If you’ve been out in the working world for a while—and you should be if you are going after an MBA—returning to the classroom can be an adjustment. This is a critical juncture in your career, and it’s important that you hit the ground running and get as much out of the program as you can.
How Will You Pay?
There are a few routes for funding an MBA. Your employer might contribute toward the costs, or you may have savings. Ideally, you’ll be able to focus entirely on school without having to work, but this is not always possible. Still, arranging your finances so that you can think about school instead of worrying about money is important. You can take out a mix of federal and private student loans. For private loans, in addition to traditional sources, such as banks and credit unions, you can often find online lenders who offer low interest rates and repayment plans.
Take Advantage of Your Time
Being in an MBA program puts you in a unique situation to access a number of different opportunities. On-campus recruitment means that major companies will be around to give you a sense of what working with them would be like, but you shouldn’t stop there. Extracurricular activities and clubs can give you more information and experience. Explaining to people that you are an MBA student can often lead to access you might not otherwise have to informational interviews, conferences and data. In addition to the networking opportunities offered by your peers and professors, try meeting people at seminars and even cold contacting via LinkedIn or other methods. This is a time to be bold.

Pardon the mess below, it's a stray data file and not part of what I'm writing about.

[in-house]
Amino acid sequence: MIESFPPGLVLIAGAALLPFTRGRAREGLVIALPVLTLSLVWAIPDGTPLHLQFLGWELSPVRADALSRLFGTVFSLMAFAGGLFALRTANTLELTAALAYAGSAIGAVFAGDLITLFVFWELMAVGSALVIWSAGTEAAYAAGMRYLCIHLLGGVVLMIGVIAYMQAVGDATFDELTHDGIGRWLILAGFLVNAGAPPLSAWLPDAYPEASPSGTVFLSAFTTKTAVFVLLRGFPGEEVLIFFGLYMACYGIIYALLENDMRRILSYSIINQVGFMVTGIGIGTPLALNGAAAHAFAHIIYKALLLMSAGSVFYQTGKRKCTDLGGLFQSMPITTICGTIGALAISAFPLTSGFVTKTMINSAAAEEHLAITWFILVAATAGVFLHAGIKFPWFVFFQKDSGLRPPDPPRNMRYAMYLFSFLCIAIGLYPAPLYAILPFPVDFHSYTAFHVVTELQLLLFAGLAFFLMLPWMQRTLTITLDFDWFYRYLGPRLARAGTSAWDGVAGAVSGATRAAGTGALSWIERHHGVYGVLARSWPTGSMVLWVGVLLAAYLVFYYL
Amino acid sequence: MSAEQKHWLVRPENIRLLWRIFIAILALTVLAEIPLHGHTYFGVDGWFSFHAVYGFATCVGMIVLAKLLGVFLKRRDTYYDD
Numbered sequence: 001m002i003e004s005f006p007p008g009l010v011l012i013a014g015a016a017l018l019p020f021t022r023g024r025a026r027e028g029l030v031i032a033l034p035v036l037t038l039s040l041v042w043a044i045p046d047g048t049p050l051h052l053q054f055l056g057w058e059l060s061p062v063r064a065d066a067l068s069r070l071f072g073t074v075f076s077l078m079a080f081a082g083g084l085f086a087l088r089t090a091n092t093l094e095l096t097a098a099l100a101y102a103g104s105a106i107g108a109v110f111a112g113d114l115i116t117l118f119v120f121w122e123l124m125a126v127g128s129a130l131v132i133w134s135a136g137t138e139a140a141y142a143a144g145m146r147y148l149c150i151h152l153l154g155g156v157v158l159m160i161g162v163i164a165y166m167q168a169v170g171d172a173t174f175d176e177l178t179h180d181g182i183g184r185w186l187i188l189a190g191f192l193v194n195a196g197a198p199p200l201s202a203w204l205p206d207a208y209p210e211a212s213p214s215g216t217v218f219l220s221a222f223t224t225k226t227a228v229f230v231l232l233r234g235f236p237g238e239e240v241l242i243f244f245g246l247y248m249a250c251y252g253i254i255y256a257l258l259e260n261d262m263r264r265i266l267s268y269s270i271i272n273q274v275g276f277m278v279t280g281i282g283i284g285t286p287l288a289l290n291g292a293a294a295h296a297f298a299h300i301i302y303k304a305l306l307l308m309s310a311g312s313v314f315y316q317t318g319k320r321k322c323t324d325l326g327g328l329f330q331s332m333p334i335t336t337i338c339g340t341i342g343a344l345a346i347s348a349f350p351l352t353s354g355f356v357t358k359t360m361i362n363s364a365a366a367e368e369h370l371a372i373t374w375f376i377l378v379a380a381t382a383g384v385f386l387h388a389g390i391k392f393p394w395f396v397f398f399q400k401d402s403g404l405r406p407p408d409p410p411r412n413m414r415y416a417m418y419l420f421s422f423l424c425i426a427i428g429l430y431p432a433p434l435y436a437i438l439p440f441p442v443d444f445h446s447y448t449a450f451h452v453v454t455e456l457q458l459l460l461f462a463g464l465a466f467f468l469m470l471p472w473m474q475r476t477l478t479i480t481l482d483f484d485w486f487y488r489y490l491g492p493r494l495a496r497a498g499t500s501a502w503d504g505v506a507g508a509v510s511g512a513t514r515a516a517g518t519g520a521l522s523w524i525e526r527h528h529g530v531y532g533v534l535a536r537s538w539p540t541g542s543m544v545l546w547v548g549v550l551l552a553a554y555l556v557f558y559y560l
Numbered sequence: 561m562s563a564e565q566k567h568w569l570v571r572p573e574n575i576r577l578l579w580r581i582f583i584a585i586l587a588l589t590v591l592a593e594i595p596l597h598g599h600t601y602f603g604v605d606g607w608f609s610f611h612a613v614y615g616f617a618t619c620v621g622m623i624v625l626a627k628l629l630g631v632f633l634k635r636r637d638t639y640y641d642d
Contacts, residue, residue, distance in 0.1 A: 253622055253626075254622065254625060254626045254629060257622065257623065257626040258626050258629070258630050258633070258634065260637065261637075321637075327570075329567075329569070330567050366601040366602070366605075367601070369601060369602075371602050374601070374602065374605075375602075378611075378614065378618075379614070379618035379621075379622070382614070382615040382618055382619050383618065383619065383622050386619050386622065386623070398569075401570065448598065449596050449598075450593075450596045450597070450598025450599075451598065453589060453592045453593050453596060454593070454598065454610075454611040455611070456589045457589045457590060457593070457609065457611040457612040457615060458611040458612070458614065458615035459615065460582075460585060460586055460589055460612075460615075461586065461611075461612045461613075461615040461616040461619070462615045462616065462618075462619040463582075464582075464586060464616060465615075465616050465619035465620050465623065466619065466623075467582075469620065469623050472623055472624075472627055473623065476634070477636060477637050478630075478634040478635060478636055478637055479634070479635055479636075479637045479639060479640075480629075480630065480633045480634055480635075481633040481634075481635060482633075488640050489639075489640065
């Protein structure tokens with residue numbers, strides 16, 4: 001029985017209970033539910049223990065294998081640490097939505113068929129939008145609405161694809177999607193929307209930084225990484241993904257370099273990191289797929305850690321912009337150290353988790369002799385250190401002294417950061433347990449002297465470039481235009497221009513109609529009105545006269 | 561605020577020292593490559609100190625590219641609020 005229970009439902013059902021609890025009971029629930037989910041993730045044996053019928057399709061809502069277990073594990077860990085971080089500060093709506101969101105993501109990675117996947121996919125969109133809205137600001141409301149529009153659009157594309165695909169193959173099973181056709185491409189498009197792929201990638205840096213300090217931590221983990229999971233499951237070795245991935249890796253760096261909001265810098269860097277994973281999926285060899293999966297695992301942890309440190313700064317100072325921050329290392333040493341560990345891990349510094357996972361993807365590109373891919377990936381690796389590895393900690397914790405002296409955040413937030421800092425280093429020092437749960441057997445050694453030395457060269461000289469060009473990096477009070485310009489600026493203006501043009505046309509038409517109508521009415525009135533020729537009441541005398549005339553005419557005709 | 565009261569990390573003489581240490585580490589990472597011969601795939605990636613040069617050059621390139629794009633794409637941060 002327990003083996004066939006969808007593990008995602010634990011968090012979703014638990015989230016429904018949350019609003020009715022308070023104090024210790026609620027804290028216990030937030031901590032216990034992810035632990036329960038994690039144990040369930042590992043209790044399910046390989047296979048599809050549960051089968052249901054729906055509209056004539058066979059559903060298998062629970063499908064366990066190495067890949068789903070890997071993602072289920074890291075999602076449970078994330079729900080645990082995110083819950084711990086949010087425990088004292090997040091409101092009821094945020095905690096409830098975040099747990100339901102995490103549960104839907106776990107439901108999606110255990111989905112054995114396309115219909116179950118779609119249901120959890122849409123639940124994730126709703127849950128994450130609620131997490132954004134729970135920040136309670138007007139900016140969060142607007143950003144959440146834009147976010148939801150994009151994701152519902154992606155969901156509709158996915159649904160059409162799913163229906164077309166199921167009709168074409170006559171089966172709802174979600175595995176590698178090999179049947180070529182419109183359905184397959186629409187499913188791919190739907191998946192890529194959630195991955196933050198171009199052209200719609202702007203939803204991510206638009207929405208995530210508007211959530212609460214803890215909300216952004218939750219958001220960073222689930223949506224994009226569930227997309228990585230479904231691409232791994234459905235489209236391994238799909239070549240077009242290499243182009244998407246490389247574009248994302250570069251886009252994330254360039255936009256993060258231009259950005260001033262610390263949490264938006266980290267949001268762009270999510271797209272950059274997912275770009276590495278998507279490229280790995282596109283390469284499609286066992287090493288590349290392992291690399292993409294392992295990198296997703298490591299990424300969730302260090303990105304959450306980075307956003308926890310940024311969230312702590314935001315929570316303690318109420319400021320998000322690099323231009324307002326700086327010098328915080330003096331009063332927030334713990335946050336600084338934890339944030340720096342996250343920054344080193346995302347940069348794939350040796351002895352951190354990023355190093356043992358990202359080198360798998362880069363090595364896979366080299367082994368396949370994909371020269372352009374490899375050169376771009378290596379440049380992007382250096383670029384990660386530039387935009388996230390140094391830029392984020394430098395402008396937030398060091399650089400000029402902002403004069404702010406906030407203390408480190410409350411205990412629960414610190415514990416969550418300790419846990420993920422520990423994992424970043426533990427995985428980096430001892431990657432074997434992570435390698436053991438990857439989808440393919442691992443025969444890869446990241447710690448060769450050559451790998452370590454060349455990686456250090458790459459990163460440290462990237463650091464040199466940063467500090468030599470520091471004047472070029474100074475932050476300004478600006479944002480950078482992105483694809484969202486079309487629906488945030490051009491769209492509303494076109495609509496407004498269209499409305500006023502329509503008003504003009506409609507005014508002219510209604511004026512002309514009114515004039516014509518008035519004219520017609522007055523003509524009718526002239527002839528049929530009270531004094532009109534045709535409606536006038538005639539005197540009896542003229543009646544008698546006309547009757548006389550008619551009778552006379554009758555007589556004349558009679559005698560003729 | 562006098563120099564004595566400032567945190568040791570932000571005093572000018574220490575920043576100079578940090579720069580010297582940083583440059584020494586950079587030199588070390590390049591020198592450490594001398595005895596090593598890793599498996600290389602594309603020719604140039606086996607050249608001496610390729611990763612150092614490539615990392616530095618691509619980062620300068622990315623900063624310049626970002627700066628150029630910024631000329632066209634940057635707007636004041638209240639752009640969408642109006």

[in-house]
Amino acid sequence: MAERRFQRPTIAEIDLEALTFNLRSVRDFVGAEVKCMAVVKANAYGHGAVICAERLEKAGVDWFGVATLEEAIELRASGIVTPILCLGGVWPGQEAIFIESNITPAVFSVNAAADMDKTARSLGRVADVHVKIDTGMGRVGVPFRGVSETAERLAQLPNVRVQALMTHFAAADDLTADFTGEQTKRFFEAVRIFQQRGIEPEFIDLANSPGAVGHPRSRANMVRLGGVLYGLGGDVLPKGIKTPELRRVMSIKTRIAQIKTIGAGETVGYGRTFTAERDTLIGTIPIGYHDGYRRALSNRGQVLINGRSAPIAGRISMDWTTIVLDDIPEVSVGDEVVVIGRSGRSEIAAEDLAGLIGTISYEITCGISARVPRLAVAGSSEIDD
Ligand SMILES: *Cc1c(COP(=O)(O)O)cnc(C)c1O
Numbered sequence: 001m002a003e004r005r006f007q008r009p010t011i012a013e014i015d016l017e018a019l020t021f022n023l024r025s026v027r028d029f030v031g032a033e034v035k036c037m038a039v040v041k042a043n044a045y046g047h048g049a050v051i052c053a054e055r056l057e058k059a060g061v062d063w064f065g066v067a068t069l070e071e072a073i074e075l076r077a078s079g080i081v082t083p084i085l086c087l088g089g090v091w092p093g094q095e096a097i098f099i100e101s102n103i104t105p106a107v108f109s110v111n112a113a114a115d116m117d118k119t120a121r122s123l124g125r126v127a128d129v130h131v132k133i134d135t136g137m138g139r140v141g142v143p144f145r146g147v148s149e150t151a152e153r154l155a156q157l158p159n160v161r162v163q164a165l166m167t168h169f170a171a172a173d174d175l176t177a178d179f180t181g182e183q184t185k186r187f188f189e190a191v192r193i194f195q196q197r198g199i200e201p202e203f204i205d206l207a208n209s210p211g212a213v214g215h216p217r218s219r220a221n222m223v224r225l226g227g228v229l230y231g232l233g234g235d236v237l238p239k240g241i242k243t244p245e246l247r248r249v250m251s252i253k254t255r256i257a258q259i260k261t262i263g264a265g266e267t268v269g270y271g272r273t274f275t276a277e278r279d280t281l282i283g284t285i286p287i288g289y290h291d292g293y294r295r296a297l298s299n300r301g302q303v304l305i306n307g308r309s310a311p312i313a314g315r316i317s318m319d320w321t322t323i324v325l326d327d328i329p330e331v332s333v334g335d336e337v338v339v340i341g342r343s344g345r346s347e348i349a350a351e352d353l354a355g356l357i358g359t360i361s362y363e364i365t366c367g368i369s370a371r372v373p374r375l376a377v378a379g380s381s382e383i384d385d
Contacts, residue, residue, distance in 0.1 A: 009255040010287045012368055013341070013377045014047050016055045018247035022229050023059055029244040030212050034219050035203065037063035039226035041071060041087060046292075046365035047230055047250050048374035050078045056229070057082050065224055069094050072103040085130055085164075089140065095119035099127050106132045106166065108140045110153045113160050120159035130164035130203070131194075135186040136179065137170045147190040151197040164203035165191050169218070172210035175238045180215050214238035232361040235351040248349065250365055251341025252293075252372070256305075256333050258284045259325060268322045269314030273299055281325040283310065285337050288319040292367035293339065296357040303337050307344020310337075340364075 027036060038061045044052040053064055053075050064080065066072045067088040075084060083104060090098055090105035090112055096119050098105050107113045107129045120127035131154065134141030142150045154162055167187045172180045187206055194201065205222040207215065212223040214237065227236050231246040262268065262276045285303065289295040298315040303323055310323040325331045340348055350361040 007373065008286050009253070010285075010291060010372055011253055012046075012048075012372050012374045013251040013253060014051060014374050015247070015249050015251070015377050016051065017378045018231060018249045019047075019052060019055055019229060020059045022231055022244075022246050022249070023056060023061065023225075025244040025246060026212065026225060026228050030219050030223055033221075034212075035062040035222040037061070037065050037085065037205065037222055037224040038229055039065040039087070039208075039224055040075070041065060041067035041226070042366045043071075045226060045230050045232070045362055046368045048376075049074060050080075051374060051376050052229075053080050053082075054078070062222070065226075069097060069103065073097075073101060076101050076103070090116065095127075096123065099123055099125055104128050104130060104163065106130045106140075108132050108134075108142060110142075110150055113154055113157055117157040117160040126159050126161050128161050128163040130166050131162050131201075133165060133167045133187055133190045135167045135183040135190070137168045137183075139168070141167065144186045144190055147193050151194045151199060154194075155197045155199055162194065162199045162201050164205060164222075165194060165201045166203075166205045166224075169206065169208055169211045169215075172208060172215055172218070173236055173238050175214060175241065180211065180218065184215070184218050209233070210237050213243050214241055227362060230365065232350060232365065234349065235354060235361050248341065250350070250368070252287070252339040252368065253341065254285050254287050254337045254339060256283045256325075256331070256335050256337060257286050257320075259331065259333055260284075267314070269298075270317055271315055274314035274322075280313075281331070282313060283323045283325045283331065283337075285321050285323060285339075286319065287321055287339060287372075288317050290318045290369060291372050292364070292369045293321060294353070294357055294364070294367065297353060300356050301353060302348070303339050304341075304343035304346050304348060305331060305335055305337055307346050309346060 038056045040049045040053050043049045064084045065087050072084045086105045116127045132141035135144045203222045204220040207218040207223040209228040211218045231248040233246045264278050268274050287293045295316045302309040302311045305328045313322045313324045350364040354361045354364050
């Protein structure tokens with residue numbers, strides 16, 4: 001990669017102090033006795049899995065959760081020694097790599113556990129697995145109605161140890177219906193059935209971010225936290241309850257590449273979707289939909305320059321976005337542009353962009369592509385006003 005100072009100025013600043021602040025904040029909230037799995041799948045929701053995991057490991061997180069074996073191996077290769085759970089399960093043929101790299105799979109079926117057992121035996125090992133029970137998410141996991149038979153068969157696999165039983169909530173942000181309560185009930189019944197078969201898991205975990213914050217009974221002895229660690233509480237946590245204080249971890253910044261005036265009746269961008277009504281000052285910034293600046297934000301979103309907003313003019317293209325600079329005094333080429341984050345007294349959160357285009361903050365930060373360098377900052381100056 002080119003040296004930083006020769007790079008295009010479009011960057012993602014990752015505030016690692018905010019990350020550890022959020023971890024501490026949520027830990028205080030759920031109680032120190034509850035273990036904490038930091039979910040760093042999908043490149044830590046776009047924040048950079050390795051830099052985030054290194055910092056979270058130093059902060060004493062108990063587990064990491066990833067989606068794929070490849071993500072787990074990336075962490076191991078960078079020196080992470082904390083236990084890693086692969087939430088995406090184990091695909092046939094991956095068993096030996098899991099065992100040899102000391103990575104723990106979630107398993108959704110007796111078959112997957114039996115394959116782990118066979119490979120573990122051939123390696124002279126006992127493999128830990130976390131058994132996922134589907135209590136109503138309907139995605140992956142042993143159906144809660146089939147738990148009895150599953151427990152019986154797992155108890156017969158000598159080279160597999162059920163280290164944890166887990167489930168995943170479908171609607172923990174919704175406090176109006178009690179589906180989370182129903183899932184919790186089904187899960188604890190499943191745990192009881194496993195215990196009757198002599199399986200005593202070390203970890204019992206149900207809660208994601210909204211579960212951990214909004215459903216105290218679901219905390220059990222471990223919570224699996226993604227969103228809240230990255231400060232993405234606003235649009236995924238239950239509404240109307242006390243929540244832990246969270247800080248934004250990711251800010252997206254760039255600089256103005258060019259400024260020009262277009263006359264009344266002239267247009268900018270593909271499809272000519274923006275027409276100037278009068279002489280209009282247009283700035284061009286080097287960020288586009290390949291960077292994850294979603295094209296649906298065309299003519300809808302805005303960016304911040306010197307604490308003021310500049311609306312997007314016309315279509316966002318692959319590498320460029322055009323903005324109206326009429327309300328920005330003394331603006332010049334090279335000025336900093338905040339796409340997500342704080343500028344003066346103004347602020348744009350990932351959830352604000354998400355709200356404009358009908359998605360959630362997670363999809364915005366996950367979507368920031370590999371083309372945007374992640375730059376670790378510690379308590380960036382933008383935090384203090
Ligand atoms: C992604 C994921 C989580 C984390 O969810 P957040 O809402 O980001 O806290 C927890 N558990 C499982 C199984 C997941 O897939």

You need to strike a balance between learning as much as you can and not losing sight of your ultimate goals. One way you might approach this is allowing yourself to take a broader view in your first year that you narrow in your second to hone in on what you see yourself doing after you complete your degree. Having a long-term goal in mind can also be important because an MBA program can start to feel like too much of a good thing, with an overwhelming number of opportunities that can make you feel stressed out instead of excited if you aren’t sure where you want to be in five or ten years.
With all these opportunities and your driving ambition, it can be easy to make your graduate program the center of your life, but ironically, this might actually be the quickest path to burnout. Prioritize your studies without making them the be-all and end-all of your existence. Balance them with something that you can enjoy and that re-energizes you. For many people, this might be some type of physical activity, such as running or yoga, or it might be cooking or refinishing old furniture. In general, you should make an effort to continue pursuing your outside interests and maintaining the relationships you had prior to entering your MBA programs. Your family and friends who have cheered you on up to this point can be valuable sources of support and perspective during this exciting, challenging period.